Tues, Aug 20, 2013
Paula asks several questions about panting with Tramadol, steroids, pain and NSADs:
1. Panting is a recognized side effect of Tramadol, what is the reason… anxiety related or ? Is panting plus pupil restriction related and is there a way to ID tramadol as the cause for panting? What can the owner do to comfort the dog? Can continued heavy panting be a concern to cause health issues and a reason to get vet help?
with steroids, can be
related to intolerance to temperature and is a temporary
side effect. Is there anything other than
increased circulation of air, a cool surface to lie on
that would help
The panting with steroids can also be anxiety related too, so sometimes something to distract the dog helps.
The other signs you describe (shivering, yelping, reluctant to move, arched back, etc.) we appreciate more than panting in cases with intervertebral disk disease. I frequently appreciate panting when the dog is anxious secondary to having a full bladder, or needs to defecate.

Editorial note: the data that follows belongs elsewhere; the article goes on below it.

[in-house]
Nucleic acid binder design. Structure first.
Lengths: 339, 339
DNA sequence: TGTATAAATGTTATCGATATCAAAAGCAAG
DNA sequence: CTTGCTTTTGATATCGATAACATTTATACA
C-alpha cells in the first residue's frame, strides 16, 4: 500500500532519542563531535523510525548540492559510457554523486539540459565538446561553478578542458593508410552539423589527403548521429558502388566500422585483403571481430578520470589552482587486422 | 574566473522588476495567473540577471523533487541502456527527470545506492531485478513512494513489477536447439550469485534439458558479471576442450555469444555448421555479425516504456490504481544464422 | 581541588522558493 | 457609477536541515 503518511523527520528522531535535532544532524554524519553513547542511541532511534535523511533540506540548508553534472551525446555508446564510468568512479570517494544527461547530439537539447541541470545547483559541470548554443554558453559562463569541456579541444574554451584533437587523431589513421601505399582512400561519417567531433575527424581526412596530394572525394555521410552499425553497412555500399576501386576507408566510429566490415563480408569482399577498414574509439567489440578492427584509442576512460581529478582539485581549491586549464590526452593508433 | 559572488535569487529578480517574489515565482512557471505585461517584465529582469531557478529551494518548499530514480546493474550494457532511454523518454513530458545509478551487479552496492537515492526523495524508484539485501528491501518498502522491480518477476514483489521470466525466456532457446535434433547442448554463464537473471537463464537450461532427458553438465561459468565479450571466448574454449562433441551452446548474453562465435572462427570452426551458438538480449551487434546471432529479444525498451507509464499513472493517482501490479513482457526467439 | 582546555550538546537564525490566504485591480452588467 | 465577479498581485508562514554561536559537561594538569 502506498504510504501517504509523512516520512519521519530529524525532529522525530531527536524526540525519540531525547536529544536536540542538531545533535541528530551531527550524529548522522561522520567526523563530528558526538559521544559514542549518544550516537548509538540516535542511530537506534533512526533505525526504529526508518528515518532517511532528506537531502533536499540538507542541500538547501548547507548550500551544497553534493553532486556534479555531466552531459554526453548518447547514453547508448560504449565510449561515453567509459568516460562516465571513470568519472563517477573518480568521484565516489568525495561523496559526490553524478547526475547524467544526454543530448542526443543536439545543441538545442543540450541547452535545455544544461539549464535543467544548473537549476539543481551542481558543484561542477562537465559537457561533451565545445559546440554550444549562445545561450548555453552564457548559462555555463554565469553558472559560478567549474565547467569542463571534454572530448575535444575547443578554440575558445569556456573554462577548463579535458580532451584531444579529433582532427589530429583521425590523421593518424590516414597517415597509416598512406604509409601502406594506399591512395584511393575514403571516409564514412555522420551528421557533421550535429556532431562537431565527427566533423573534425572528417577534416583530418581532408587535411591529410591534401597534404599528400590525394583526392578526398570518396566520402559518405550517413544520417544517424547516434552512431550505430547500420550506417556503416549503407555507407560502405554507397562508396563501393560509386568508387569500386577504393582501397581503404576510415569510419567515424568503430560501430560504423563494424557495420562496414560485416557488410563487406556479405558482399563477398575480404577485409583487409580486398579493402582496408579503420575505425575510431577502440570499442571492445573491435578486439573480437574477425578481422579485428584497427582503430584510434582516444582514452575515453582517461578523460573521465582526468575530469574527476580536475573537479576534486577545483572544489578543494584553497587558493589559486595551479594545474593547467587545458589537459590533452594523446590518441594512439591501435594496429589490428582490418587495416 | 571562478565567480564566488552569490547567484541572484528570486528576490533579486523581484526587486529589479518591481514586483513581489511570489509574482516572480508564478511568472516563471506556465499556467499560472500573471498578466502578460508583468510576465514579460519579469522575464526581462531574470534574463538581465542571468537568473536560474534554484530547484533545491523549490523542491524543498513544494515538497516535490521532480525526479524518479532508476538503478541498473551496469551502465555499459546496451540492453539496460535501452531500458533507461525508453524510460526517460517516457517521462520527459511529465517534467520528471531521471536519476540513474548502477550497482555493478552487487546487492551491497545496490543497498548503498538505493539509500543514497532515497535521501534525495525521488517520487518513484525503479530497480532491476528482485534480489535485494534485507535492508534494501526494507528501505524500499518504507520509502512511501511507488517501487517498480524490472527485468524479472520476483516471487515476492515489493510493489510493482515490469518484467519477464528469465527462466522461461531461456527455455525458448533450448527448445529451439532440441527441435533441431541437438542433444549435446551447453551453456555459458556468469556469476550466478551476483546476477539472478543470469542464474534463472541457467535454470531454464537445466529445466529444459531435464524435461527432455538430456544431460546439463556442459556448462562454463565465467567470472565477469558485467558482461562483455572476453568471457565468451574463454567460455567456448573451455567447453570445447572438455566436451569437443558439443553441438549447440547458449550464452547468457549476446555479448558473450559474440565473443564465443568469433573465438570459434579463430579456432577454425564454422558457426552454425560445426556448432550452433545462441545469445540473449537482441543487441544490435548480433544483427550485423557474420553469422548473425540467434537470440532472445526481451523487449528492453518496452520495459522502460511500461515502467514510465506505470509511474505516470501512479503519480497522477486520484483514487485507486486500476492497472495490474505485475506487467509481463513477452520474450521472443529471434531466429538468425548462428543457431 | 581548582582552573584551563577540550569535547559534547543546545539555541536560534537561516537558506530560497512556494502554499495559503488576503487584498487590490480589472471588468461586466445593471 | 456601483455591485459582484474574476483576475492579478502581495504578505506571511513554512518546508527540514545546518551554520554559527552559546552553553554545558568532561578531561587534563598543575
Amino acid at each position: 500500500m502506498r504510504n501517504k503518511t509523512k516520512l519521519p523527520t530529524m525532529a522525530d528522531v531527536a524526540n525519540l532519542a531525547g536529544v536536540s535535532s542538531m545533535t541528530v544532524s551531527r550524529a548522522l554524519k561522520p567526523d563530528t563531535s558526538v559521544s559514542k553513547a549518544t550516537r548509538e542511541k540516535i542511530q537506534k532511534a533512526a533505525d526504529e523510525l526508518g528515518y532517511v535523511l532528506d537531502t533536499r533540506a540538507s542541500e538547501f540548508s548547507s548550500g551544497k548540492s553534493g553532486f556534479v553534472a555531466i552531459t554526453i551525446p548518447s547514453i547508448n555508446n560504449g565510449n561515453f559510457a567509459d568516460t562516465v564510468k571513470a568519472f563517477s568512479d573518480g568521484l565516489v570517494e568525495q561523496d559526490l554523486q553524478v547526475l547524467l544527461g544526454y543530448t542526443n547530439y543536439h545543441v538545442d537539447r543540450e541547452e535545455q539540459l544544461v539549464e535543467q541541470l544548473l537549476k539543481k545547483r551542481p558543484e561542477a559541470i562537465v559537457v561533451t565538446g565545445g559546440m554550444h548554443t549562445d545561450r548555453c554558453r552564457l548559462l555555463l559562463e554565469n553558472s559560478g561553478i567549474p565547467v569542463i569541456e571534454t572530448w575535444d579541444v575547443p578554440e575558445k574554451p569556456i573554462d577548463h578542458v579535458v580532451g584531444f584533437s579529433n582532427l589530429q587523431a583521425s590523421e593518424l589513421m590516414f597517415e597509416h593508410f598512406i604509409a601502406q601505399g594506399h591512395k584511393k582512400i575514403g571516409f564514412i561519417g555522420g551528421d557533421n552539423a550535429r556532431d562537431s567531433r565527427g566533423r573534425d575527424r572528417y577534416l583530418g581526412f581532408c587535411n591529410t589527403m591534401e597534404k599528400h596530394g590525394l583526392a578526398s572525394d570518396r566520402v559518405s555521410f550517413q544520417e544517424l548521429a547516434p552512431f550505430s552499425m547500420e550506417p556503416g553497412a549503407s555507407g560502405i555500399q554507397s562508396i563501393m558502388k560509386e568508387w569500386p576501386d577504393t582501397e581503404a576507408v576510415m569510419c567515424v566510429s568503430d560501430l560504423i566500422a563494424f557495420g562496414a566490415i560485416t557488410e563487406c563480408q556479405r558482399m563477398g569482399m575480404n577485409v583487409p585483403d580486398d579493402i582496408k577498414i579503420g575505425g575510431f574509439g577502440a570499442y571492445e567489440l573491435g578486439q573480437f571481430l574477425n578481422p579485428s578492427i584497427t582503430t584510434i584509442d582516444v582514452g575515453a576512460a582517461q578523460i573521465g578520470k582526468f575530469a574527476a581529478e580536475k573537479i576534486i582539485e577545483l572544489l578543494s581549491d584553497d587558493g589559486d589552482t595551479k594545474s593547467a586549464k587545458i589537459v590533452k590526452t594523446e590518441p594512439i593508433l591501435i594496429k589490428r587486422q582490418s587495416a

is not listed as a side effect by the FDA for NSAIDs.
There are owner anecdotal reports of NSAID-related
panting and Web postings by DVMs saying panting is an
overdose sign of NSAIDs. www.1800petmeds.com
does lists panting as an overdose symptom. In your
opinion is panting while on a NSAID commonly an
indicator that the NSAID should be stopped at once and
vet help sought?
with NSAIDS is a tough one - similar to tramadol.
If it is noted the owner should either not give or give
1/2 the dose when it is due again and notify their
vet. If the panting becomes a concern for the
owner it would be best to take the pet into their vet or
ER. Most of the time it is not going to cause
health issues, but better to be safe than sorry.
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